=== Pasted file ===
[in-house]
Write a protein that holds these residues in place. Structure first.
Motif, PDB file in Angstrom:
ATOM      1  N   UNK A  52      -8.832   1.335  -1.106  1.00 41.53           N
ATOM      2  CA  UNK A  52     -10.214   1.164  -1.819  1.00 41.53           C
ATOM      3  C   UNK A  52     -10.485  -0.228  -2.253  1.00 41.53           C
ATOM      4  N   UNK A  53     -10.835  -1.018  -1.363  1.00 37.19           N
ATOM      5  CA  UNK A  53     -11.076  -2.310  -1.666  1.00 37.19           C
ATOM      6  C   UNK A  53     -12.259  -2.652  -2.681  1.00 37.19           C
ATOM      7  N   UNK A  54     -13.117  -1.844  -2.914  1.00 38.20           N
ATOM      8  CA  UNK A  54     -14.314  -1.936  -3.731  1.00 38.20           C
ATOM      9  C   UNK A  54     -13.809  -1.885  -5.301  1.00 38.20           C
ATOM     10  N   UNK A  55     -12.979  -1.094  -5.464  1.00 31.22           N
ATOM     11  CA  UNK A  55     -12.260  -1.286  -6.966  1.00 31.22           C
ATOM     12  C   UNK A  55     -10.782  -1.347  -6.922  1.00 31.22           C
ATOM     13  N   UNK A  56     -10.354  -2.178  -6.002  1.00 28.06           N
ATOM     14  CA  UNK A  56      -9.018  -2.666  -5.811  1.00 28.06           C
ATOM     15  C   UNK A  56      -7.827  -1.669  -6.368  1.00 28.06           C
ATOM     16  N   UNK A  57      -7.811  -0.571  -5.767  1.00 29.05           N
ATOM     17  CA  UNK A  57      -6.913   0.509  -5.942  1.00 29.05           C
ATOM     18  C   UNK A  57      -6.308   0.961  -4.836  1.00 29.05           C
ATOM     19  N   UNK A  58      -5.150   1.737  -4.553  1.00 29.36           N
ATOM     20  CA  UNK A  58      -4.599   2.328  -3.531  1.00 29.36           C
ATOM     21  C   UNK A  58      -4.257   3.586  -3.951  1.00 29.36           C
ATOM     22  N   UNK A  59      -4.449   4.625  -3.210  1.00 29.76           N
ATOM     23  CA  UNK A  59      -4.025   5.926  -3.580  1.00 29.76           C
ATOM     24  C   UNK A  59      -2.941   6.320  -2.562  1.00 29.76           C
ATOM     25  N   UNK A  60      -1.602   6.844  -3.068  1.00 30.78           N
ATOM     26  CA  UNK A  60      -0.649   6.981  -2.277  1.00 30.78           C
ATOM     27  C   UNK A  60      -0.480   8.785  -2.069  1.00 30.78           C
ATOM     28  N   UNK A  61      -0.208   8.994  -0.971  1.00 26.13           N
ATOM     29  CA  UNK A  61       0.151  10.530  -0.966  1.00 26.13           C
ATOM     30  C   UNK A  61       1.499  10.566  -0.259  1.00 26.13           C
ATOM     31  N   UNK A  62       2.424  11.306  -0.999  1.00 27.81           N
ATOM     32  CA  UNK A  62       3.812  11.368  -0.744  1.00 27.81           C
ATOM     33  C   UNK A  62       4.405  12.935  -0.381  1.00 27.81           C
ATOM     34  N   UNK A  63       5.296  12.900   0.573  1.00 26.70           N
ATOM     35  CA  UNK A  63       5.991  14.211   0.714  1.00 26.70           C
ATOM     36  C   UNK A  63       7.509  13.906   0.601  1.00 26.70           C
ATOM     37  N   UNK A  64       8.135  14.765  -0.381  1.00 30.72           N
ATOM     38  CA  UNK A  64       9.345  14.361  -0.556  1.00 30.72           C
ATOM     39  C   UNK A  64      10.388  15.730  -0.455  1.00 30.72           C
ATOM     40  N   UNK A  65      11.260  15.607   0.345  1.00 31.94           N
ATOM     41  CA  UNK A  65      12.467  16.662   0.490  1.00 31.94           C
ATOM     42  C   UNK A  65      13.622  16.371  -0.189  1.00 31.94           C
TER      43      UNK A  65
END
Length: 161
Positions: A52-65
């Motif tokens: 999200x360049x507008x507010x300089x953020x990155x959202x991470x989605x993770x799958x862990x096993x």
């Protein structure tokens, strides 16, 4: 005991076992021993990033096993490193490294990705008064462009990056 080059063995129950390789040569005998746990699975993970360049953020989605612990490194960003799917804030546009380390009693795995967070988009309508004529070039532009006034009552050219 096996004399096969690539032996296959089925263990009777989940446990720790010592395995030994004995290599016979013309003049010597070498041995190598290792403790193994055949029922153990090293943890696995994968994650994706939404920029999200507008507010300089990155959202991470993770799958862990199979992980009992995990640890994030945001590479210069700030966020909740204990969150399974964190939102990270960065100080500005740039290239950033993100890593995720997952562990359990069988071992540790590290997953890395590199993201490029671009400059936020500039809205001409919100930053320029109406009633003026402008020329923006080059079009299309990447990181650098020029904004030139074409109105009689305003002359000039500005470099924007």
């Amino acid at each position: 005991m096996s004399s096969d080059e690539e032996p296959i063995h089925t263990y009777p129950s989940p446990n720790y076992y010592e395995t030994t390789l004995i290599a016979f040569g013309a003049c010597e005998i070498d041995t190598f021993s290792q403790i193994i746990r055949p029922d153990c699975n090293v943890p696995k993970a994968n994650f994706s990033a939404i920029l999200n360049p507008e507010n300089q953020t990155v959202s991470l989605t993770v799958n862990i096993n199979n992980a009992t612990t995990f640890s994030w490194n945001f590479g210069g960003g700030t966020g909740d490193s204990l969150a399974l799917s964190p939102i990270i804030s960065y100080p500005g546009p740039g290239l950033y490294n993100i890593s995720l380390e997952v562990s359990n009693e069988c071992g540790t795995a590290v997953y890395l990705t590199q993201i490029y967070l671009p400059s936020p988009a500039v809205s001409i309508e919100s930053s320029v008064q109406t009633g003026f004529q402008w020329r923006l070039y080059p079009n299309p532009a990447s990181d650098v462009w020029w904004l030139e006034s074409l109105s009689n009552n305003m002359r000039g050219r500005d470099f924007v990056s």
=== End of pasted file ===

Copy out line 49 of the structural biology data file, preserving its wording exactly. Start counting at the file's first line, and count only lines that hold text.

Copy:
Positions: A52-65